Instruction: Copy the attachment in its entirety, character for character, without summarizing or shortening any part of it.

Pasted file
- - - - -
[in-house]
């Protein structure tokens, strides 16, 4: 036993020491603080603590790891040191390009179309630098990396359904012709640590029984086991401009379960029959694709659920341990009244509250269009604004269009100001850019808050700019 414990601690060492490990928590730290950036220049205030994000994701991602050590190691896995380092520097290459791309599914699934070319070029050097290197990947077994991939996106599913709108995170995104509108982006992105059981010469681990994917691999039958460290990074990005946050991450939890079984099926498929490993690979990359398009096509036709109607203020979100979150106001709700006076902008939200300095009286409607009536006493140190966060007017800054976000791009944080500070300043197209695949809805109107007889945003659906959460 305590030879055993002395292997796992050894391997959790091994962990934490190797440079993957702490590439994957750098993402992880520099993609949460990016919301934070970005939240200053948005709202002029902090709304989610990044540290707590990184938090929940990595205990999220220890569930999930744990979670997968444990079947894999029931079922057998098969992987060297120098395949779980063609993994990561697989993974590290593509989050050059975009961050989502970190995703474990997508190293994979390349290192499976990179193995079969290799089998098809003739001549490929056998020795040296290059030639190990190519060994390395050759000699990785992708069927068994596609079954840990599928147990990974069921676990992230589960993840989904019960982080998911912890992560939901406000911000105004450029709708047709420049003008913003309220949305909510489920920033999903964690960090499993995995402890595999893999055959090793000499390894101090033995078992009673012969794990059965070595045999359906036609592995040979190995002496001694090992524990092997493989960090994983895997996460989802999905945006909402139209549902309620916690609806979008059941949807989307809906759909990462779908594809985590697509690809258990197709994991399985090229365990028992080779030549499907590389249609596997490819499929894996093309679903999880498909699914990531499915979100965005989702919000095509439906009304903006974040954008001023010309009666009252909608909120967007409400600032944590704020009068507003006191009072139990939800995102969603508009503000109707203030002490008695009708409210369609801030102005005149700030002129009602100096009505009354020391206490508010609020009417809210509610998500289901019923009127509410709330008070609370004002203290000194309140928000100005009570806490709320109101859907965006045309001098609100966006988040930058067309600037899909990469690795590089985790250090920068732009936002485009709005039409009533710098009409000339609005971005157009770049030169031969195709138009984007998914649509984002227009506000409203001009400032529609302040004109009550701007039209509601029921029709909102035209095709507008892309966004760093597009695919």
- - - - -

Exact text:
[in-house]
């Protein structure tokens, strides 16, 4: 036993020491603080603590790891040191390009179309630098990396359904012709640590029984086991401009379960029959694709659920341990009244509250269009604004269009100001850019808050700019 414990601690060492490990928590730290950036220049205030994000994701991602050590190691896995380092520097290459791309599914699934070319070029050097290197990947077994991939996106599913709108995170995104509108982006992105059981010469681990994917691999039958460290990074990005946050991450939890079984099926498929490993690979990359398009096509036709109607203020979100979150106001709700006076902008939200300095009286409607009536006493140190966060007017800054976000791009944080500070300043197209695949809805109107007889945003659906959460 305590030879055993002395292997796992050894391997959790091994962990934490190797440079993957702490590439994957750098993402992880520099993609949460990016919301934070970005939240200053948005709202002029902090709304989610990044540290707590990184938090929940990595205990999220220890569930999930744990979670997968444990079947894999029931079922057998098969992987060297120098395949779980063609993994990561697989993974590290593509989050050059975009961050989502970190995703474990997508190293994979390349290192499976990179193995079969290799089998098809003739001549490929056998020795040296290059030639190990190519060994390395050759000699990785992708069927068994596609079954840990599928147990990974069921676990992230589960993840989904019960982080998911912890992560939901406000911000105004450029709708047709420049003008913003309220949305909510489920920033999903964690960090499993995995402890595999893999055959090793000499390894101090033995078992009673012969794990059965070595045999359906036609592995040979190995002496001694090992524990092997493989960090994983895997996460989802999905945006909402139209549902309620916690609806979008059941949807989307809906759909990462779908594809985590697509690809258990197709994991399985090229365990028992080779030549499907590389249609596997490819499929894996093309679903999880498909699914990531499915979100965005989702919000095509439906009304903006974040954008001023010309009666009252909608909120967007409400600032944590704020009068507003006191009072139990939800995102969603508009503000109707203030002490008695009708409210369609801030102005005149700030002129009602100096009505009354020391206490508010609020009417809210509610998500289901019923009127509410709330008070609370004002203290000194309140928000100005009570806490709320109101859907965006045309001098609100966006988040930058067309600037899909990469690795590089985790250090920068732009936002485009709005039409009533710098009409000339609005971005157009770049030169031969195709138009984007998914649509984002227009506000409203001009400032529609302040004109009550701007039209509601029921029709909102035209095709507008892309966004760093597009695919």